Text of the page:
One of the most common questions we get asked as accountants is: “Why didn’t I get a bigger refund...I had all of these deductions, shouldn’t I get them back?"
While deductions are great and generally lead to a larger refund, the misconception is that the deduction will be refunded as well.
Here's how a tax refund is calculated, without actually going through the complication that is the Australian tax system.
A tax refund is exactly that, a refund of the tax which you paid throughout the year. Most of the time, you cannot get more tax refunded than what you paid (however there are circumstances where this does happen).
The actual calculation differs for each individual, due to individual circumstances. However, even though the figures and rates will change, the concept is the same for everyone. Tax is calculated using an individual’s taxable income.
TAXABLE INCOME = ASSESSABLE INCOME – ALLOWABLE DEDUCTIONS
Taxable Income is the assessable income less any allowable deductions. The Australian tax rates are applied to the taxable income and this is how the tax payable is calculated. The different rates which are used in these calculations depend on the income bracket you fall into. If your income is lower than the tax free threshold ($18,200) you will generally receive any tax you paid as a refund.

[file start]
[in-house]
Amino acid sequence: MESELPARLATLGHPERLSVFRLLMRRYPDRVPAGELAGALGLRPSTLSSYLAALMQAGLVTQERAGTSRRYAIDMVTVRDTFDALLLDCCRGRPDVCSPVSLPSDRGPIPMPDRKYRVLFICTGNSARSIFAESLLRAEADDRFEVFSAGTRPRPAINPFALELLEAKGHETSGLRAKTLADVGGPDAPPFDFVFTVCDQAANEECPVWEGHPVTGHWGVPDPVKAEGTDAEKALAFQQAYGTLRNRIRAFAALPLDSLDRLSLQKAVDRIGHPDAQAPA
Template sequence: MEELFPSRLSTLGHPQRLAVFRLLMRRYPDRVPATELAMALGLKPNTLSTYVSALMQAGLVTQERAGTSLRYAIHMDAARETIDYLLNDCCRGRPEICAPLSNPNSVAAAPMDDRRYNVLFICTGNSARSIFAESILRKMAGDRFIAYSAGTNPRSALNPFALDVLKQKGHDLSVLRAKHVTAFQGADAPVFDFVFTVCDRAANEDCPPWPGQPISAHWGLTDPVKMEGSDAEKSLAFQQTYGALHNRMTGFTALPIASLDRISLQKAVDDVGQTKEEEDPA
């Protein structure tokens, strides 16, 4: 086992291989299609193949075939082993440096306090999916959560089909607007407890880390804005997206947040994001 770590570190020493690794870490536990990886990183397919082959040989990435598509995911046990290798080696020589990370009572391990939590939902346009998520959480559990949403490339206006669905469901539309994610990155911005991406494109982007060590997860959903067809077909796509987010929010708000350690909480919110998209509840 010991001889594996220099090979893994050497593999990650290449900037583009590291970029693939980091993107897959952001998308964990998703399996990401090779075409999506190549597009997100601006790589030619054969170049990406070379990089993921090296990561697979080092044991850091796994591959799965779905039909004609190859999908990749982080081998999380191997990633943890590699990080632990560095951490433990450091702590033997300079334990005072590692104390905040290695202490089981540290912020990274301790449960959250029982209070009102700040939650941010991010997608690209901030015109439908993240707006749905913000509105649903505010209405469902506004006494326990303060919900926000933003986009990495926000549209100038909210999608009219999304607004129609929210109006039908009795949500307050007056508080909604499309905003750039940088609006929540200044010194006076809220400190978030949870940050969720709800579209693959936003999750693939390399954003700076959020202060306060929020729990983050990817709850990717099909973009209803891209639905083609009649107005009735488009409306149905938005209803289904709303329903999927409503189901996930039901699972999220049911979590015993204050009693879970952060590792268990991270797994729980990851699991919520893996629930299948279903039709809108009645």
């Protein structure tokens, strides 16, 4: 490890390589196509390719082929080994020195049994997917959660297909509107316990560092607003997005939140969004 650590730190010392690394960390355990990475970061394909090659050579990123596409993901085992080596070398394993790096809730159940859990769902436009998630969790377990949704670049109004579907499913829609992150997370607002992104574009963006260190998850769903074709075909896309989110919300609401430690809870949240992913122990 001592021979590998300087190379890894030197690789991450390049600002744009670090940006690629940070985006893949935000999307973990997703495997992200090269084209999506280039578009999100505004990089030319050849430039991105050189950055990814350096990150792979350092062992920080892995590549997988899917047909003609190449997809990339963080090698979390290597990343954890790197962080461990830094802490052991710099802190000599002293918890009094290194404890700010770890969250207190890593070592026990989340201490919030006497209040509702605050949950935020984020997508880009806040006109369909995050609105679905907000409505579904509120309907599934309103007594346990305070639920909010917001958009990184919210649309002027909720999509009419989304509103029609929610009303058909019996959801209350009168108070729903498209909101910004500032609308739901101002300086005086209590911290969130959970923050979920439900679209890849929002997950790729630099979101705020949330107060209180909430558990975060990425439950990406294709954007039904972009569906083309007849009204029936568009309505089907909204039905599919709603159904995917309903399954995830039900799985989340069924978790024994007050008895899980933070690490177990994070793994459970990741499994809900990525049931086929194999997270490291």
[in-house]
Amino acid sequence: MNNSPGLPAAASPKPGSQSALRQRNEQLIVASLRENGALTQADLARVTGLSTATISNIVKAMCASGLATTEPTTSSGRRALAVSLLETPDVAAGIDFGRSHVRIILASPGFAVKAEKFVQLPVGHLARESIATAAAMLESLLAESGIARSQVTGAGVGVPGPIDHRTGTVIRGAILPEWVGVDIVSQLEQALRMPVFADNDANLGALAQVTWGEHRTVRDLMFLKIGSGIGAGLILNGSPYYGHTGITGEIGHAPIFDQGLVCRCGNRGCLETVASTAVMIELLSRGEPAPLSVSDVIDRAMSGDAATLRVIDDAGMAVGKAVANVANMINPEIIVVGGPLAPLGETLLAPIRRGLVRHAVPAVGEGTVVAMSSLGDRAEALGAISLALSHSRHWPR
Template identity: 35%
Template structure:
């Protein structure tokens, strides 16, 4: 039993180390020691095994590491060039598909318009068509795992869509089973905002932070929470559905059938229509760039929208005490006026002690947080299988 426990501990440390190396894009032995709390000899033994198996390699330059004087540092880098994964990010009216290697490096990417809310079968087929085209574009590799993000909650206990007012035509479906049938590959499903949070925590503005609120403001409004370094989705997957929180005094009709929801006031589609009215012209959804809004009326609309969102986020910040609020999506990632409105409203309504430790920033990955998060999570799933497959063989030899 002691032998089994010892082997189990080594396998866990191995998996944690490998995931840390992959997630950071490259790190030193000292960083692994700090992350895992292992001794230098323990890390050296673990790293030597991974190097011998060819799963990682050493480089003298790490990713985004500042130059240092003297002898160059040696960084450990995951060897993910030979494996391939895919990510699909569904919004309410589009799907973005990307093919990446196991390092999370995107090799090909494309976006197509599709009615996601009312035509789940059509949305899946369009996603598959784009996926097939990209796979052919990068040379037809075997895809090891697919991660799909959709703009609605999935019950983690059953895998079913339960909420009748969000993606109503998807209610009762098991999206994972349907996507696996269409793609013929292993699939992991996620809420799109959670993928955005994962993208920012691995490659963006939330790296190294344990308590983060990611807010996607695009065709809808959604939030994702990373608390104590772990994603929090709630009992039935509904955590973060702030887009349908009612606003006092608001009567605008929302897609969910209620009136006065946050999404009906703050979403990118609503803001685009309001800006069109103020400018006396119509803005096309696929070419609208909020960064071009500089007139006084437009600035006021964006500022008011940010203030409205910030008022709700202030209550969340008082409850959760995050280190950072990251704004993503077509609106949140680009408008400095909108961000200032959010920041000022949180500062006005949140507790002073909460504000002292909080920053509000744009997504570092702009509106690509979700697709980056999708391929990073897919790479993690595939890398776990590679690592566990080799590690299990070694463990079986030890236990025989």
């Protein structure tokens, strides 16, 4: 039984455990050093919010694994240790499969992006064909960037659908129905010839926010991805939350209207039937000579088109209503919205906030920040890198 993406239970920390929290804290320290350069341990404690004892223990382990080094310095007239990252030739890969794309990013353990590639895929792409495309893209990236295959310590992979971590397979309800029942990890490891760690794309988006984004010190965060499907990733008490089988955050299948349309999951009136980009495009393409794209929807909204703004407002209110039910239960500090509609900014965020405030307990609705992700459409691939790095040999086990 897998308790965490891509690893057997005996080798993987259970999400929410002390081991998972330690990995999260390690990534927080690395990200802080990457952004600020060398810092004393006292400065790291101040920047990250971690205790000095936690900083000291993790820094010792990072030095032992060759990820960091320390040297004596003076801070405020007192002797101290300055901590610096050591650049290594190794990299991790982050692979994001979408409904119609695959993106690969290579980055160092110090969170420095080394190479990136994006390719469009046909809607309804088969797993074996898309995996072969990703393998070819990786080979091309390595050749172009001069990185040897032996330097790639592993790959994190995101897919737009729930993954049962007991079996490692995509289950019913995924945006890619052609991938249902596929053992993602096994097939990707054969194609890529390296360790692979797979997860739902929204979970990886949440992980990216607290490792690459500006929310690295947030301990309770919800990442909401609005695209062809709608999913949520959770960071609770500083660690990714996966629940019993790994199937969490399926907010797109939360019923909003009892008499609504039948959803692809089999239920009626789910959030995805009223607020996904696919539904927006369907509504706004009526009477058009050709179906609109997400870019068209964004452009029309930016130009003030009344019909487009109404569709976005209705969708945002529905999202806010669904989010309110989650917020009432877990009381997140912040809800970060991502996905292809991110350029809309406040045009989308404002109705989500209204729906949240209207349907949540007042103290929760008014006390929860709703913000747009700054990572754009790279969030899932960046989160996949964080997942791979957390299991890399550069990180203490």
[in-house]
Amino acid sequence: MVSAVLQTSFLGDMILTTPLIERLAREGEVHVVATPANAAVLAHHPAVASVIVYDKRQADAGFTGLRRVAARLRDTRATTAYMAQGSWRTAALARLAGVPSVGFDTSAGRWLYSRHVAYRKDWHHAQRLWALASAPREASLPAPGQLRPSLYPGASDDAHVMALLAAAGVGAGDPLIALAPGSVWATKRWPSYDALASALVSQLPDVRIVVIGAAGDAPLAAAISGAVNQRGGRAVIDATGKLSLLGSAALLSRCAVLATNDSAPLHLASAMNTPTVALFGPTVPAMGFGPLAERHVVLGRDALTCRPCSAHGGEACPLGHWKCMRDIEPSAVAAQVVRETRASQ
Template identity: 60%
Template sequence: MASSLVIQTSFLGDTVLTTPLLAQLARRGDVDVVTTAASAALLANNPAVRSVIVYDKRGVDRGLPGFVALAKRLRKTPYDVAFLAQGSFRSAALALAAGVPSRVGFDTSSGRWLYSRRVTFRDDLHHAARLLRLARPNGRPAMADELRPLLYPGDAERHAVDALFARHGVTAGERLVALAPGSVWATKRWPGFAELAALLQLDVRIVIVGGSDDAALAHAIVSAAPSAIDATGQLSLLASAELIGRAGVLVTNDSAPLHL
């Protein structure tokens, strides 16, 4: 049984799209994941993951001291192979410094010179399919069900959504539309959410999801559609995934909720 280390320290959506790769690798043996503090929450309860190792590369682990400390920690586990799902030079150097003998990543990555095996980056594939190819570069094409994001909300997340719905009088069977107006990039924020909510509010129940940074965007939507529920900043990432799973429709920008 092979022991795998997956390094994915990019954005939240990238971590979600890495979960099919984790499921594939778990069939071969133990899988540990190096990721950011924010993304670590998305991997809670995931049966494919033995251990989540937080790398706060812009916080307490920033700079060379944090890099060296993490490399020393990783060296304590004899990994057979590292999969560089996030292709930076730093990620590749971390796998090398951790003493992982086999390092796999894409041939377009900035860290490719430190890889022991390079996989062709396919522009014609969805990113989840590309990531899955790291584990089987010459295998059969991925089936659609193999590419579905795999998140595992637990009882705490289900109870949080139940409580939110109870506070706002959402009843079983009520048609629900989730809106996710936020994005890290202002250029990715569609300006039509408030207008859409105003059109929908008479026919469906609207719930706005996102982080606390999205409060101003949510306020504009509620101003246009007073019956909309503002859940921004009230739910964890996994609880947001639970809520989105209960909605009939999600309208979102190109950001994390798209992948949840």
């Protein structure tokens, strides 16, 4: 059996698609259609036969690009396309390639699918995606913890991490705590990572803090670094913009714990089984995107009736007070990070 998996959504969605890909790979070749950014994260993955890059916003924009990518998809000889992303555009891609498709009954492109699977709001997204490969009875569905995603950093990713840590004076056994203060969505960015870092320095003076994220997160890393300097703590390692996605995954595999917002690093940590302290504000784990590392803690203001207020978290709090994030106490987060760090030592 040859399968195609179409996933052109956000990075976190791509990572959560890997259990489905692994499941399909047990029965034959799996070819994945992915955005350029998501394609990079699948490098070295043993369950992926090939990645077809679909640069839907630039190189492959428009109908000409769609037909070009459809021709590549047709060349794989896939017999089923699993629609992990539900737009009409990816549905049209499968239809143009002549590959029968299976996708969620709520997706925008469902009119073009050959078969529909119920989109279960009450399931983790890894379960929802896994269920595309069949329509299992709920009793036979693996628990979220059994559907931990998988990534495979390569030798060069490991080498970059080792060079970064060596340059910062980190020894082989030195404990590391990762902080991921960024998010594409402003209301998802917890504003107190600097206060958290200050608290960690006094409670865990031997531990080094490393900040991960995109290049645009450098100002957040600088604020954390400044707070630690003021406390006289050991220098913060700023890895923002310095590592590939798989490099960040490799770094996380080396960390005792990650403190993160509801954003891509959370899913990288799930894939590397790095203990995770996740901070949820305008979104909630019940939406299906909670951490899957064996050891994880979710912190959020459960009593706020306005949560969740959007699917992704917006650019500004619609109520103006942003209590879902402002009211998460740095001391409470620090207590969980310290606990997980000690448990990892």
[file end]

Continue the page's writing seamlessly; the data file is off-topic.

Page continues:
Assessable income is the sum of the income which you earnt throughout the financial year. There are some exemptions (like tax free pensions) but most income falls into this category. Examples of this would be Gross Wages, Interest income, Dividends income (even if you are part of a Dividend Reinvestment Plan), Capital Gain, Rental income, some Government Payments and Foreign income.
Allowable deductions are expenses which you can claim in relation to the income you earned. For example, if you used your car for work (not to travel to and from work) you can claim some of the car expenses as a deduction against your Gross Income. Similarly, if you earn rental income, you can claim interest on your investment loan against the income.
The benefit in claiming the deduction is in the reduction of the assessable income. As the tax calculation is worked out on taxable income, the more deductions that can be applied to the assessable income, the lower the taxable income will be. If your deductions cause your taxable income to go into a lower tax bracket, the tax refund could be substantial.
The material and contents provided in this publication are informative in nature only. It is not intended to be advice and you should not act specifically on the basis of this information alone. If expert assistance is required, professional advice should be obtained.